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Understanding Scavenging Behavior and Factors Affecting Scavenging Efficiency in Free-ranging Dogs

Deheria, Jayshree (2015) Understanding Scavenging Behavior and Factors Affecting Scavenging Efficiency in Free-ranging Dogs. Masters thesis, Indian Institute of Science Education and Research Kolkata.

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    Abstract

    Dogs (Canis lupus familiaris) have descended from wild grey wolves and have adapted to as scavenging lifestyle in the wild. Free-ranging dogs are scavengers living on human cast-offs and handouts, and they rarely hunt. How efficient are they as scavengers? Earlier work from our lab shows that they mostly tend to forage alone, which is a good strategy for scavenging, but they change this strategy based on social conditions. My work focused on understanding their efficiency as scavengers using a three-pronged approach. Resource dispersion hypothesis (RDH) states that if the key trophic resources are patchily distributed then individuals would form groups and create minimum territories with sharing or no cost in terms of competition for food. I carried out a population level study to estimate the population structure of dogs and to understand the distribution of resources and dog groups in time and space. The second part of my work comprised of behavioral observations of dogs on the IISER Kolkata Campus at Mohanpur to understand their foraging behavior, and to map the resources they exploit. This formed the basis for an experiment in which we created new resources to see if the existing groups can be manipulated, as predicted by RDH. Our experiments suggest that creation of new resources is likely to lead to territory expansion, rather than group splitting in the dogs, at least on a short time scale. Thus their social groups are quite stable, not prone to fission by local perturbations. Efficient scavenging not only requires the capability to forage alone, but also the capability of finding food from difficult locations, and hence some problem solving ability. I checked the scavenging efficiency of the dogs when faced with inaccessible food in varying levels of difficulty. The dogs were highly successful when provided with a relatively easy and known task, but were much less successful when faced with a novel and more difficult task. However, comparing out results with those known from pet dogs suggest that the free-ranging dogs are better than pets at problem solving. My work suggests that the problem solving ability of free-ranging dogs, in combination with the plasticity of their social behavior which helps them to maintain stable groups while allowing for high foraging efficiency, have enabled the free-ranging dogs to survive efficiently in the human dominated environment as scavengers.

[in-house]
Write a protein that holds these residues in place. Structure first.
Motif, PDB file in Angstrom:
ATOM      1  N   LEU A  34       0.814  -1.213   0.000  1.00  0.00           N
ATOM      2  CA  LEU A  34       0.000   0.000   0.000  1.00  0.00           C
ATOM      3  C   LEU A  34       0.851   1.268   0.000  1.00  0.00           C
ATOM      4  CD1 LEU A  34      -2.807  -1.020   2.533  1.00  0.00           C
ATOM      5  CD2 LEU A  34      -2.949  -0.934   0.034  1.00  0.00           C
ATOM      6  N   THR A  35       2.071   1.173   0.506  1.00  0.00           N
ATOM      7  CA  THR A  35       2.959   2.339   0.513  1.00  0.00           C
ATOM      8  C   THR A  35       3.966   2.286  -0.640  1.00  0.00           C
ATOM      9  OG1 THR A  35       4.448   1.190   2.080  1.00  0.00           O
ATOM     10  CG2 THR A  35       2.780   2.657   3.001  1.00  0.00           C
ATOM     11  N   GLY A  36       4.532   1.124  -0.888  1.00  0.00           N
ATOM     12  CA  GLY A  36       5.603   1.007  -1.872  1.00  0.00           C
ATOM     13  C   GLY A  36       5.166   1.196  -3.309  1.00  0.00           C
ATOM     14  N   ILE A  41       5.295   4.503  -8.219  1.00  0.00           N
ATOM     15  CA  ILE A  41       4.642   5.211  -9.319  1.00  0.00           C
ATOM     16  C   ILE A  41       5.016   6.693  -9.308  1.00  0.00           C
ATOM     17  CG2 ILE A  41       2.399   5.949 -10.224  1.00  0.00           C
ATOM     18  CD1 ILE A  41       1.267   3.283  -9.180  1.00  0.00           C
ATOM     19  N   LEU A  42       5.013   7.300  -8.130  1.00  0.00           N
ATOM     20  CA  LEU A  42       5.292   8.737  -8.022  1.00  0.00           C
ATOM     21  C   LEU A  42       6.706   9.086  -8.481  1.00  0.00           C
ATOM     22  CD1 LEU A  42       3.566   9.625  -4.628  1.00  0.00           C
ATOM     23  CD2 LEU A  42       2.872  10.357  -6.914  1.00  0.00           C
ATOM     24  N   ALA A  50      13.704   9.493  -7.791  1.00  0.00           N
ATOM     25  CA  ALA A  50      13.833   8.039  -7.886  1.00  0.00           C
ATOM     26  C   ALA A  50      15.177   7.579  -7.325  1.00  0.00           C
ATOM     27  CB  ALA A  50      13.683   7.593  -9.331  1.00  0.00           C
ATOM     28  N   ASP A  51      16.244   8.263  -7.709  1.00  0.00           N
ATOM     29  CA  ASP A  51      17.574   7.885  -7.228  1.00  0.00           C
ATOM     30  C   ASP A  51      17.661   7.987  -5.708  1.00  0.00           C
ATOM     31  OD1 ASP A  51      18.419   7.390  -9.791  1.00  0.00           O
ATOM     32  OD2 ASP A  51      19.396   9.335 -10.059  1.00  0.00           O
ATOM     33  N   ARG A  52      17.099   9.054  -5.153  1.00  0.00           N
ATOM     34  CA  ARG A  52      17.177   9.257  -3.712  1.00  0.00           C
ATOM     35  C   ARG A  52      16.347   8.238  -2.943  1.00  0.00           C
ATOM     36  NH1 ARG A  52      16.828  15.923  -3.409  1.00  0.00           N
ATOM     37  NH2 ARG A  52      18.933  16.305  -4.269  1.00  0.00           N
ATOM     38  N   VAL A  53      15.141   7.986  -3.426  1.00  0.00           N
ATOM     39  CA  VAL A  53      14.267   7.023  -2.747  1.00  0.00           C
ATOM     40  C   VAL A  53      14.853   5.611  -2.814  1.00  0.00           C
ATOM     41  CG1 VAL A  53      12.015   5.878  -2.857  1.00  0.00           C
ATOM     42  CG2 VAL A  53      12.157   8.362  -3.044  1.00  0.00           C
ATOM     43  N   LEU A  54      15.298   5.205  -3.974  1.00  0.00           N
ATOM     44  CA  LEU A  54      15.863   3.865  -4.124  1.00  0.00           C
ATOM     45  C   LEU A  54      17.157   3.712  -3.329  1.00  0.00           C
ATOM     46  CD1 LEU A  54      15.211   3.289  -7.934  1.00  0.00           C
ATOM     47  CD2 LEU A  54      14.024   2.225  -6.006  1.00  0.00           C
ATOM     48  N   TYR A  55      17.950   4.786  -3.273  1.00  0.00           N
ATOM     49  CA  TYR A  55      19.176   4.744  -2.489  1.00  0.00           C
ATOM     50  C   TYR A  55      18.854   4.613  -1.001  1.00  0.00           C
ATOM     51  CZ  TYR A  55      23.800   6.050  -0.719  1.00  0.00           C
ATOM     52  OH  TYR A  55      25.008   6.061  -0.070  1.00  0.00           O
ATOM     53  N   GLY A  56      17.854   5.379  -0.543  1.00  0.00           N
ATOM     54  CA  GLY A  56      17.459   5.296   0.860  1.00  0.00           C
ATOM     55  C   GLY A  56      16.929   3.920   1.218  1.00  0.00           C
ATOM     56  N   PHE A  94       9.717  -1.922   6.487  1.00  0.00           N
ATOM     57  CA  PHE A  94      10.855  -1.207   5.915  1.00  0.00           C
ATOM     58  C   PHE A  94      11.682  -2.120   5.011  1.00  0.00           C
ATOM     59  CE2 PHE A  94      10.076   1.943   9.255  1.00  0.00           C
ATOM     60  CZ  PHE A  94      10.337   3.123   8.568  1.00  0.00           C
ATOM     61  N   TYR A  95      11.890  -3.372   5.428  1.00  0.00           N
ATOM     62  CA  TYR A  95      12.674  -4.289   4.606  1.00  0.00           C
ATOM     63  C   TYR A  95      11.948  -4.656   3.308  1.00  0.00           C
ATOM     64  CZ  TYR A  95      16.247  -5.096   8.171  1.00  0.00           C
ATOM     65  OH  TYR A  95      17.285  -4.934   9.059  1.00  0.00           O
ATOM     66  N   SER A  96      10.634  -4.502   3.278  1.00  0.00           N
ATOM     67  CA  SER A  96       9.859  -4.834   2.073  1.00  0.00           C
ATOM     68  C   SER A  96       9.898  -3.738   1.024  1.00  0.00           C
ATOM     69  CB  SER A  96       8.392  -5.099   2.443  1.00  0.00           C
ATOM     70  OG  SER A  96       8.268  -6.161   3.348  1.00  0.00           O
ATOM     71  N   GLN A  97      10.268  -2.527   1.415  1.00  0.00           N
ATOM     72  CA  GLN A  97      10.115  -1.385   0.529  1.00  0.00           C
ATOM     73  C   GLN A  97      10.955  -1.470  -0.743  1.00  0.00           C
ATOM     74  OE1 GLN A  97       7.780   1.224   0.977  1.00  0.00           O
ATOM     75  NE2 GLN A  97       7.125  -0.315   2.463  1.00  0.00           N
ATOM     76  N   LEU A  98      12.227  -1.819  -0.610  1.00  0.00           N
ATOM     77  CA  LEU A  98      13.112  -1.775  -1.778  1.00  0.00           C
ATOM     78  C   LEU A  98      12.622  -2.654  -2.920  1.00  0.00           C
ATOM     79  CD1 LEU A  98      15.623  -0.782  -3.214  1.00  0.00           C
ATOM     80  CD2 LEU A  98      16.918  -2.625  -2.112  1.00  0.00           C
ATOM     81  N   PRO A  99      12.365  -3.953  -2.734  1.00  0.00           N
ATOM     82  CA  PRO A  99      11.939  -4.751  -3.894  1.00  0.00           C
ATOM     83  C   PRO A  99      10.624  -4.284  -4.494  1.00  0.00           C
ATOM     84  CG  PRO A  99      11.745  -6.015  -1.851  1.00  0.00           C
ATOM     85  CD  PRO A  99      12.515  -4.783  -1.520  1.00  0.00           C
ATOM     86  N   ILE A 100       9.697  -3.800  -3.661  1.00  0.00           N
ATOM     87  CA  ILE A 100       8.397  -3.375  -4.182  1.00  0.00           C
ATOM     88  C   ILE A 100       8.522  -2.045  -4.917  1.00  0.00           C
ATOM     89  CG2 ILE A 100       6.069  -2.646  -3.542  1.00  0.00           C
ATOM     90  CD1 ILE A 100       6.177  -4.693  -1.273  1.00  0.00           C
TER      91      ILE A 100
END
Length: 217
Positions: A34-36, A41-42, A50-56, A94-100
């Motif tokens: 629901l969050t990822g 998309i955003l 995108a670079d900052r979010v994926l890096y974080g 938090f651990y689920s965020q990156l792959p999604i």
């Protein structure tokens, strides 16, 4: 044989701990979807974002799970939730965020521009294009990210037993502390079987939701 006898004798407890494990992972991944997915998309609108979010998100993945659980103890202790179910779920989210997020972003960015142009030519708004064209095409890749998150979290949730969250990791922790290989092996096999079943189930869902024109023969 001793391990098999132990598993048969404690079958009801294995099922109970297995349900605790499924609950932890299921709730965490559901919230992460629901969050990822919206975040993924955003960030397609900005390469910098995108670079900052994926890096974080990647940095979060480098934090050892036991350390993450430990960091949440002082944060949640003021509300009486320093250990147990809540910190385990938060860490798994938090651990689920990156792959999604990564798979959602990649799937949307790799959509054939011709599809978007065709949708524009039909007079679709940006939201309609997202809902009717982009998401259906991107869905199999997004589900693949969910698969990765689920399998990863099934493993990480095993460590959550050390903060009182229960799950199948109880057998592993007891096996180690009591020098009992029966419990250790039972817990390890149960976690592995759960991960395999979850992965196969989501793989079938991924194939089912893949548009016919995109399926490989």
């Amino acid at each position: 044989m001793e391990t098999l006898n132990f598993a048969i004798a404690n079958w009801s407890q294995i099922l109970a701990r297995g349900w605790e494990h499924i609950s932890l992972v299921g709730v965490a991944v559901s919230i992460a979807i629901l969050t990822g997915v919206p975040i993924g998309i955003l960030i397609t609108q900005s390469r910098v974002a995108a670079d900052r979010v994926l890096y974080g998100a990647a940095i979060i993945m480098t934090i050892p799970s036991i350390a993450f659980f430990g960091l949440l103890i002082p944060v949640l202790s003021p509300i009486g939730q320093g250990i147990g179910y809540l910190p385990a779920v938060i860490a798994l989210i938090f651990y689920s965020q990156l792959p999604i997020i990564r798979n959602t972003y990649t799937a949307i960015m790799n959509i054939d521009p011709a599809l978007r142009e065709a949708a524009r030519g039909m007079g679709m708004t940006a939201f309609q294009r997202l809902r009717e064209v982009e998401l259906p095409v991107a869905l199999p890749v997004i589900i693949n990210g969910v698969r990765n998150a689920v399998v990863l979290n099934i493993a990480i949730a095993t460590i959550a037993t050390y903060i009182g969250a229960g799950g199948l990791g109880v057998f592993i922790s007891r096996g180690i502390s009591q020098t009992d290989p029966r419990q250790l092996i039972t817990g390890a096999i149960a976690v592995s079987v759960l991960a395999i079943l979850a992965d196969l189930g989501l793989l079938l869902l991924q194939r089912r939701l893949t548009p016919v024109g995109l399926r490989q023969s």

Item Type: Thesis (Masters)
    Additional Information: Supervisor: Dr. Anindita Bhadra
    Uncontrolled Keywords: Canis lupus familiaris; Dogs; Free-ranging Dogs; Scavengers; Scavenging; Scavenging Behavior; Scavenging Efficiency
    Subjects: Q Science > QH Natural history > QH301 Biology
    Divisions: Department of Biological Sciences
    Depositing User: IISER Kolkata Librarian
    Date Deposited: 22 Aug 2016 12:14
    Last Modified: 22 Aug 2016 12:25
    URI: http://eprints.iiserkol.ac.in/id/eprint/441

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